$a=\left[\begin{array}{ccccc}{a}_{01}& {a}_{11}& {a}_{21}& \cdots & {a}_{Q1}\\ {a}_{02}& {a}_{12}& {a}_{22}& \cdots & {a}_{Q2}\\ ⋮& ⋮& ⋮& \ddots & ⋮\\ {a}_{0P}& {a}_{1P}& {a}_{2P}& \cdots & {a}_{QP}\end{array}\right]$

In the transfer function form, the denominator coefficient matrix aik of the IIR filter can be represented using the following equation:

$H\left(z\right)=\prod _{k=1}^{P}{H}_{k}\left(z\right)=\prod _{k=1}^{P}\frac{{b}_{0k}+{b}_{1k}{z}^{-1}+{b}_{2k}{z}^{-2}+\cdots +{b}_{Qk}{z}^{-Q}}{{a}_{0k}+{a}_{1k}{z}^{-1}+{a}_{2k}{z}^{-2}+\cdots +{a}_{Qk}{z}^{-Q}},$

where,

• b –– Numerator coefficients matrix. For more information on how to specify this matrix, see b.

• k –– Row index.

• i –– Column index.

When specified in the matrix form, a and b matrices must have the same number of rows (filter sections) P.

Data Types: single | double
Complex Number Support: Yes

Frequency values to transform from the prototype filter, specified as a row vector. Frequencies in wo should be normalized to be between 0 and 1, with 1 corresponding to half the sample rate.

The value of N equals the length of the wo vector. Length of vectors wo and wt must be the same.

Data Types: single | double

Desired frequency locations in the transformed target filter, specified as a row vector. Frequencies in wt should be normalized to be between 0 and 1, with 1 corresponding to half the sample rate.

Length of vectors wo and wt must be the same.

Data Types: single | double

Choice of passband or stopband at DC, specified as either:

• "pass" –– “Nyquist Mobility”. The DC feature is kept at an original frequency and the Nyquist feature is free to move.

• "stop" –– “DC Mobility”. The Nyquist feature stays at its original location and the DC feature is free to move.

## Output Arguments

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Numerator coefficients of the transformed multipoint filter, returned as one of the following:

• Row vector of length Nn+1, where n is the order of the input filter and N is the number of features being mapped. The value of N equals the length of the wo vector.

The num output is a row vector when the input coefficients b and a are row vectors.

• P-by-(QN+1) matrix, where P is the number of filter sections, Q is the order of each section of the transformed filter, and N is the number of features being mapped and is given by the length of the vector wo.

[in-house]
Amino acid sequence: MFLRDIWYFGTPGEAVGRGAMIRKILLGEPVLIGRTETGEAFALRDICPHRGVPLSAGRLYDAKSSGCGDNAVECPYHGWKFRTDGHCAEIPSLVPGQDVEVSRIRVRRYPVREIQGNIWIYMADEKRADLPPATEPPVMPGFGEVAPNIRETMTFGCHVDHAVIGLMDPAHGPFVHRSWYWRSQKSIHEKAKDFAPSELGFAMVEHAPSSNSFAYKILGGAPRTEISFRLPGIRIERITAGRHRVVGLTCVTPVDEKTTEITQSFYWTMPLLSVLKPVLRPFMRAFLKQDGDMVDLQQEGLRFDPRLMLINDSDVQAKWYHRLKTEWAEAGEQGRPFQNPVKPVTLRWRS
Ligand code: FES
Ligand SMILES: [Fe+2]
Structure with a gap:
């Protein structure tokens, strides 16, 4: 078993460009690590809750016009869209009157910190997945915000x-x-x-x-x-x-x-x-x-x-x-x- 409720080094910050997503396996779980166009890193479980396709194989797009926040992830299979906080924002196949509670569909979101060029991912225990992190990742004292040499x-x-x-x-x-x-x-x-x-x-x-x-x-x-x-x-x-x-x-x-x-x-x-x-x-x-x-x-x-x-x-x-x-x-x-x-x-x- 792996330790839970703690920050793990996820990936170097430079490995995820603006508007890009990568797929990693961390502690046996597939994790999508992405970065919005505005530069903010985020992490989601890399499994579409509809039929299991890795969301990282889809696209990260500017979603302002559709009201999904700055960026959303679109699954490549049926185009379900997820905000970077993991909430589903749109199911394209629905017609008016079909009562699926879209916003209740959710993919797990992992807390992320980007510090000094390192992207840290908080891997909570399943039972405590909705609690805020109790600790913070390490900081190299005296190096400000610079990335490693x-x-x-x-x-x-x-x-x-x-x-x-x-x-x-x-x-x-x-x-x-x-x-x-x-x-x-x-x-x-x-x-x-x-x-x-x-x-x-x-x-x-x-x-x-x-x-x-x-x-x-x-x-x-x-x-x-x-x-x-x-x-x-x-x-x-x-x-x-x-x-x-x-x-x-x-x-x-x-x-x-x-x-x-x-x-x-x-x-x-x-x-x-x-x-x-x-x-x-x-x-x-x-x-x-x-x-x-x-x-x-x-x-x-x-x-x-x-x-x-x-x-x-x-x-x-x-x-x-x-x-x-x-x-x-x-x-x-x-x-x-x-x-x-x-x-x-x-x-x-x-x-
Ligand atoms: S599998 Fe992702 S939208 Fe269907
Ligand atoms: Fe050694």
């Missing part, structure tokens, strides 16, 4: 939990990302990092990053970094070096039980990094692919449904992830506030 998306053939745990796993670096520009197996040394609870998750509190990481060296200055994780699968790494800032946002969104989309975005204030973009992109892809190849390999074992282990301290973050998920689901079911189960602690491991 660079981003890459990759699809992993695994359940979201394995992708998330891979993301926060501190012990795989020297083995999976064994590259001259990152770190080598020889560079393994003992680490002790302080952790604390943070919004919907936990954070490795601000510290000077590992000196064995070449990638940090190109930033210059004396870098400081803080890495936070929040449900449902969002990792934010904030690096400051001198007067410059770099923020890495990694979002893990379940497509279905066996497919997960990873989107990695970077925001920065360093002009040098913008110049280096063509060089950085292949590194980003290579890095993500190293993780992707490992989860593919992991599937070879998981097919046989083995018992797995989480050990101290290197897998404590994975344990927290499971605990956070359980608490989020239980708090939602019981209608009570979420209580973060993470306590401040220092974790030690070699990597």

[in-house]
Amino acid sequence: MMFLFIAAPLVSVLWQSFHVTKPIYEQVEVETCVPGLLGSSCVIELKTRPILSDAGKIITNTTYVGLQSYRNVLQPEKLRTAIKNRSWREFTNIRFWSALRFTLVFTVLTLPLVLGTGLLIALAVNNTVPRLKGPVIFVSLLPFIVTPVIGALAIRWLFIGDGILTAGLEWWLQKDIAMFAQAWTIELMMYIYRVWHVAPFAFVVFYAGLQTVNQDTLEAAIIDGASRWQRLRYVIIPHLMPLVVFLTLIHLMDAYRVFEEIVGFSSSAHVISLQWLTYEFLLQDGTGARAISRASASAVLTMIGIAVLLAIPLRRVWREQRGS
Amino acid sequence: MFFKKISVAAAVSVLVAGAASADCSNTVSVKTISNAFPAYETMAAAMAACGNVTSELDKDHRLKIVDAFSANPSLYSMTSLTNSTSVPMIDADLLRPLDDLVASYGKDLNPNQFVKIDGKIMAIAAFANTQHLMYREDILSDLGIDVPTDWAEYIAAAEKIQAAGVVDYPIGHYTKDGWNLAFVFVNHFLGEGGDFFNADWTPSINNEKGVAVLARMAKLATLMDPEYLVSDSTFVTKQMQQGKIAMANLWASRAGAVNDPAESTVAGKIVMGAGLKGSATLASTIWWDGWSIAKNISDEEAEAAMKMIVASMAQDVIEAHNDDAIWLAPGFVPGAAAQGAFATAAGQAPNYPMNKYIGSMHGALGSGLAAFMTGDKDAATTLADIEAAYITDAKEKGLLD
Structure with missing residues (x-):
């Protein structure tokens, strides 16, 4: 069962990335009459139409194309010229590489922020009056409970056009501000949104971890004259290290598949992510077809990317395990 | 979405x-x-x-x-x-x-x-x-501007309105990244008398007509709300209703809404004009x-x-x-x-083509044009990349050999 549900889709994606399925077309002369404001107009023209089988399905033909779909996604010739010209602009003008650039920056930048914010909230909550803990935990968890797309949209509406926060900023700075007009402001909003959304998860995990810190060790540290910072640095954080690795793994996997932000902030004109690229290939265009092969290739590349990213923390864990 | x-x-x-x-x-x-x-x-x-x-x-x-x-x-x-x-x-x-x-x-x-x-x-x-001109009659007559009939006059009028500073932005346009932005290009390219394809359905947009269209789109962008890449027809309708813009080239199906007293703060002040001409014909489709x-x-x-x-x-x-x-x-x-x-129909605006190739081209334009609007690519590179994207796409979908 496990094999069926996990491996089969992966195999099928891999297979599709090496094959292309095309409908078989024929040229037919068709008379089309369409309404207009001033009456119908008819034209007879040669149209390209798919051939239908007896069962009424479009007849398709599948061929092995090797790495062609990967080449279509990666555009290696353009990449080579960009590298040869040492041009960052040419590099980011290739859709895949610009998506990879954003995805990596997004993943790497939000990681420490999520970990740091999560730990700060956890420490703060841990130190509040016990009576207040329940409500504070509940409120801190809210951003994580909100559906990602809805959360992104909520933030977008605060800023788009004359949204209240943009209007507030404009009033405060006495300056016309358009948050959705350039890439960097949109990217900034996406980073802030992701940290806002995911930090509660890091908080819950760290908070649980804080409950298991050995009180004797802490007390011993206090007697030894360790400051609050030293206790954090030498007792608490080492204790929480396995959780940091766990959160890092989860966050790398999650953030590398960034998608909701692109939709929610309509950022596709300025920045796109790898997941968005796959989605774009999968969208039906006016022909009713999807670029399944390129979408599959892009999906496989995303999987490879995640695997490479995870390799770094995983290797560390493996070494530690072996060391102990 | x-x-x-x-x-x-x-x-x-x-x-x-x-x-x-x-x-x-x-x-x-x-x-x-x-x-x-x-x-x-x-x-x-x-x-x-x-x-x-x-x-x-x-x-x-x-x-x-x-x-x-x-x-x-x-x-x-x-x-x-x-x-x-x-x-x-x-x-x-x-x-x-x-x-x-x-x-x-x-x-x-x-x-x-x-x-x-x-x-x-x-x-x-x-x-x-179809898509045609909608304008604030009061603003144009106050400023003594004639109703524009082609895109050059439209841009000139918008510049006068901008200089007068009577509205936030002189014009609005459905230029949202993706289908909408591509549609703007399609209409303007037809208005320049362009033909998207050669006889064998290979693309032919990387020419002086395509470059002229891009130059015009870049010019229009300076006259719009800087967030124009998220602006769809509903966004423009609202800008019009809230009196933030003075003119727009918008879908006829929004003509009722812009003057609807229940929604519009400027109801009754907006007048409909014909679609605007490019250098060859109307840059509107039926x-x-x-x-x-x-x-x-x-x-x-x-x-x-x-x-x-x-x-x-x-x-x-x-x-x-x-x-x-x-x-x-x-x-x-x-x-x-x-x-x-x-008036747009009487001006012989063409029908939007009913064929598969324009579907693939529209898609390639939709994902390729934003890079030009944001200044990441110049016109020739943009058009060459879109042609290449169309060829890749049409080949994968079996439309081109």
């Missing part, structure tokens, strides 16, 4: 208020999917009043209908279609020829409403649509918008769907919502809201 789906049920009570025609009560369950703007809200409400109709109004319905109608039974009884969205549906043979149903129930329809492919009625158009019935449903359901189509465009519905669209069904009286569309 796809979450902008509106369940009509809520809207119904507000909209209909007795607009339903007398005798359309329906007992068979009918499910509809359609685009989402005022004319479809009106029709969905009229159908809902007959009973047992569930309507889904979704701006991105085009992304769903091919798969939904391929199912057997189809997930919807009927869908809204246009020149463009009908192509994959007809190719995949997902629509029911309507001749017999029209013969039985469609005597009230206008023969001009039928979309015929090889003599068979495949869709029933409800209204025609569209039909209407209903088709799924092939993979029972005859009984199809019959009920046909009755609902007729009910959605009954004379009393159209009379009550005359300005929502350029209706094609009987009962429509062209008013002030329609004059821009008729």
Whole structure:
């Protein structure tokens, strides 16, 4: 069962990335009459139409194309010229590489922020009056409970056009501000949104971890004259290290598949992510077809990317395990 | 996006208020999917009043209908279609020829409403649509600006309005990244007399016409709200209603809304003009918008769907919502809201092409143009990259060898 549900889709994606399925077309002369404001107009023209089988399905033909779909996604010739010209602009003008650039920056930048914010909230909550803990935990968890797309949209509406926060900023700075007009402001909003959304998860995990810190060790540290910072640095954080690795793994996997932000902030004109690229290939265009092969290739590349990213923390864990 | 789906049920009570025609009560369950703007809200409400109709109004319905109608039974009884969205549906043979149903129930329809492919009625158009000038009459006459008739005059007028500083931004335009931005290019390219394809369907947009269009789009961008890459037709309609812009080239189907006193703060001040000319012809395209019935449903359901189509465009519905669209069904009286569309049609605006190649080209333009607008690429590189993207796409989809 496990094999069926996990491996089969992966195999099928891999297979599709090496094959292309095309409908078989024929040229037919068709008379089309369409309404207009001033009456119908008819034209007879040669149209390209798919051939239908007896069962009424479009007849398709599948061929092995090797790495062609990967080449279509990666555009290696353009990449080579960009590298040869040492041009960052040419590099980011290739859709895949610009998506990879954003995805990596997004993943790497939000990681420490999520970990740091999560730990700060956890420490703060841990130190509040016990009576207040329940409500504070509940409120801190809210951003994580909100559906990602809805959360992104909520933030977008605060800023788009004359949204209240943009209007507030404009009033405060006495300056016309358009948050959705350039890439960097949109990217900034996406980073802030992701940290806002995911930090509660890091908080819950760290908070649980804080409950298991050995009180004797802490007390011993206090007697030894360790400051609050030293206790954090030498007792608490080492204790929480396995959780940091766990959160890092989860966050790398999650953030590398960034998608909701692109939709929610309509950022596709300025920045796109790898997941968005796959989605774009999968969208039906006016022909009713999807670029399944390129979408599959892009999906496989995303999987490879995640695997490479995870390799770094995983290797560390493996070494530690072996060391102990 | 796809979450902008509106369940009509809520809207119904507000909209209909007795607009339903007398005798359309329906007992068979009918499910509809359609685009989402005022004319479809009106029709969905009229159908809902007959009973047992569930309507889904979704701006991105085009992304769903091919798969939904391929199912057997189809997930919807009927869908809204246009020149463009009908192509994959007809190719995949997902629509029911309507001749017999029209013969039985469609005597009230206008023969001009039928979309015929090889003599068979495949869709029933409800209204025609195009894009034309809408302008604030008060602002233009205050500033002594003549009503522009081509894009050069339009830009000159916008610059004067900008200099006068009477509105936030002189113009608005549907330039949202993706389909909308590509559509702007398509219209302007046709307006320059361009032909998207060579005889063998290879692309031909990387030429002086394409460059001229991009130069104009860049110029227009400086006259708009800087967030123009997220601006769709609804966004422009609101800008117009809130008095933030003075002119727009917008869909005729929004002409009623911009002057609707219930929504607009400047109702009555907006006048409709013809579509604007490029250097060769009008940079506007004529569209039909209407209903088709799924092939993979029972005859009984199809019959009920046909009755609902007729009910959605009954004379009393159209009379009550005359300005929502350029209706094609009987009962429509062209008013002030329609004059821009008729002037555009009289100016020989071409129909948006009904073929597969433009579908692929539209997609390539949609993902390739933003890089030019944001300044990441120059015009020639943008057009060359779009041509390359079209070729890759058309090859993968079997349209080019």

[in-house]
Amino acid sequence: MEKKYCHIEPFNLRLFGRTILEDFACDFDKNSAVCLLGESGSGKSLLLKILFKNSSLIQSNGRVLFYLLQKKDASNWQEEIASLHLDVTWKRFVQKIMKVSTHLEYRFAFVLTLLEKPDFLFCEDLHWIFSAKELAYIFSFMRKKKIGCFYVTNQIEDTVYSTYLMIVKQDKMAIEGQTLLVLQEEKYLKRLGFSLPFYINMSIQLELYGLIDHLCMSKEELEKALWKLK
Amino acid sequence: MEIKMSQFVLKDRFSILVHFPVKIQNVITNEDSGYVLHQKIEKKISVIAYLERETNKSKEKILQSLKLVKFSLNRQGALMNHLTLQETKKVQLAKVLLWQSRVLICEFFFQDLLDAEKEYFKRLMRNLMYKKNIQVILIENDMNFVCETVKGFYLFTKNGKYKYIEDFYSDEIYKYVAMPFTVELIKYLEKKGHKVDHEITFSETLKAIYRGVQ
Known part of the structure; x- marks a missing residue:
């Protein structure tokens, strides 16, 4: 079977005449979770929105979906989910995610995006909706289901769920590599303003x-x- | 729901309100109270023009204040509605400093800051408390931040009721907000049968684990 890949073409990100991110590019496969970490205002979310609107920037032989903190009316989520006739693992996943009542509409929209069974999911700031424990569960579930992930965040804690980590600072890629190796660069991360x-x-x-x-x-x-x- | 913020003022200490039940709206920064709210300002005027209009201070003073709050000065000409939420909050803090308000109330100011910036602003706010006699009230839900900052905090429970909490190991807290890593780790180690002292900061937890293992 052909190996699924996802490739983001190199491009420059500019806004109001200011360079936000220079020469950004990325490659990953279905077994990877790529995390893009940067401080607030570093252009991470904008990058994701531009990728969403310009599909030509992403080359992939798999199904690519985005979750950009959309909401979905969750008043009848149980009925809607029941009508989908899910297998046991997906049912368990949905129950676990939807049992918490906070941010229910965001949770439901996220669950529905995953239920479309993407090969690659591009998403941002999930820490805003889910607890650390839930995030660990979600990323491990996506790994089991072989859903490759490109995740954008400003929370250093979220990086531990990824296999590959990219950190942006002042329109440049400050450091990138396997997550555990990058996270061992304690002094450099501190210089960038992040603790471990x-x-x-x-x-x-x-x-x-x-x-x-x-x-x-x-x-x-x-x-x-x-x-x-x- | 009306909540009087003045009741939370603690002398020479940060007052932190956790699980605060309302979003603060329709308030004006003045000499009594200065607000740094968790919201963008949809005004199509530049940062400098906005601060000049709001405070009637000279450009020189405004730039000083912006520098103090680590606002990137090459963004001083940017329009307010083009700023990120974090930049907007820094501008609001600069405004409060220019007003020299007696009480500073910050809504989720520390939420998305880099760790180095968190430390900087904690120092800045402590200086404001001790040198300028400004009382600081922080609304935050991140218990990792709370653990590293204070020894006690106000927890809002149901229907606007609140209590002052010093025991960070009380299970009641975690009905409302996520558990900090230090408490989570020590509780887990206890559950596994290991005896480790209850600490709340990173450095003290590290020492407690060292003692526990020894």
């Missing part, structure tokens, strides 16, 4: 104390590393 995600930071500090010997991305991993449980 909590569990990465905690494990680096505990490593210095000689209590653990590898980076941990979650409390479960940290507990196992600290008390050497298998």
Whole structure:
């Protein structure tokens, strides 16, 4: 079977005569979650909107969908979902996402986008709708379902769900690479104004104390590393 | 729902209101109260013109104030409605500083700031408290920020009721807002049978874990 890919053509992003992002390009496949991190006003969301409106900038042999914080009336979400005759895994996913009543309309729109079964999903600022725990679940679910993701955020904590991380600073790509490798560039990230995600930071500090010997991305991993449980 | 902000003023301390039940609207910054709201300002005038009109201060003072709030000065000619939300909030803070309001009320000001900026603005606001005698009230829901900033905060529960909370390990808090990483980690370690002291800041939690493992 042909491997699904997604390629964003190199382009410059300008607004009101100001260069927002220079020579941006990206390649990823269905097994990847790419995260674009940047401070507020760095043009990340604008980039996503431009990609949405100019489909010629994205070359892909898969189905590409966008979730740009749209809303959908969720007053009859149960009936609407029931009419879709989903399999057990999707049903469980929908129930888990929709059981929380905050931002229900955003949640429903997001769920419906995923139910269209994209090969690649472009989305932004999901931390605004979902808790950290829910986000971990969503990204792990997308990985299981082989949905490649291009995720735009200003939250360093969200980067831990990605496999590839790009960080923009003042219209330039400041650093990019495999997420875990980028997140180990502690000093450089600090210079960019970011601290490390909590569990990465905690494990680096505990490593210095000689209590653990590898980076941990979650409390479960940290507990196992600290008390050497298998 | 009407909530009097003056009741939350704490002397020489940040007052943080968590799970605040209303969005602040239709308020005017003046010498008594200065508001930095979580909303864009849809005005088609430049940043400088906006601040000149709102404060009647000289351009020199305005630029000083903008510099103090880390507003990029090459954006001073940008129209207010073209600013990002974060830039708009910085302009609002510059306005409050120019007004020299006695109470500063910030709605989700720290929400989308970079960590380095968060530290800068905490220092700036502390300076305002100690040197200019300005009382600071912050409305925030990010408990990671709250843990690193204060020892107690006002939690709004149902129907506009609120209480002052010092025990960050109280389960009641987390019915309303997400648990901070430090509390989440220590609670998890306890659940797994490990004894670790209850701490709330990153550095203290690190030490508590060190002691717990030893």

The num output is a matrix when the input coefficients b and a are matrices.

Data Types: single | double
Complex Number Support: Yes

Denominator coefficients of the transformed multipoint filter, returned as one of the following:

• Row vector of length Nn+1, where n is the order of the input filter and N is the number of features being mapped. The value of N equals the length of the wo vector.

The den output is a row vector when the input coefficients b and a are row vectors.

• P-by-(QN+1) matrix, where P is the number of filter sections, Q is the order of each section of the transformed filter, and N is the number of features being mapped and is given by the length of the vector wo.

The den output is a matrix when the input coefficients b and a are matrices.

Data Types: single | double
Complex Number Support: Yes

Numerator coefficients of the mapping filter, returned as a row vector.

Data Types: single | double

Denominator coefficients of the mapping filter, returned as a row vector.

Data Types: single | double

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### IIR Lowpass to IIR Real N-Point Filter Transformation

IIR Lowpass to IIR Real N-Point Filter transformation effectively places N features of the original filter, located at frequencies wo1, … ,woN, at the required target frequency locations, wt1, … ,wtM. The function iirlp2xn requires that N and M are equal.

Relative positions of other features of the original filter are the same in the target filter for the Nyquist mobility and are reversed in DC mobility. For the Nyquist mobility this means that it is possible to select two features of an original filter, F1 and F2, with F1 preceding F2. Feature F1 will still precede F2 after the transformation. However, the distance between F1 and F2 will not be the same before and after the transformation. For DC mobility feature F2 will precede F1 after the transformation.

Choice of the feature subject to this transformation is not restricted to the cutoff frequency of an original lowpass filter. In general it is possible to select any feature; e.g., the stopband edge, the DC, the deep minimum in the stopband, or other ones. Select features such that there is no band overlap when creating N bands around the unit circle.

IIR lowpass to IIR real N-point filter transformation can also be used to transforming other types of filters, for example, notch filters or resonators can be easily replicated at a number of required frequency locations. A good application would be an adaptive tone cancellation circuit reacting to the changing number and location of tones.

## References

[1] Krukowski, A., G.D. Cain, and I. Kale. “Custom Designed High-Order Frequency Transformations for IIR Filters.” In 38th Midwest Symposium on Circuits and Systems. Proceedings, 1:588–91. Rio de Janeiro, Brazil: IEEE, 1996.

[2] Cain, G.D., A. Krukowski and I. Kale, “High Order Transformations for Flexible IIR Filter Design,” VII European Signal Processing Conference (EUSIPCO'94), vol. 3, pp. 1582-1585, Edinburgh, United Kingdom, September 1994.

## Version History

Introduced in R2011a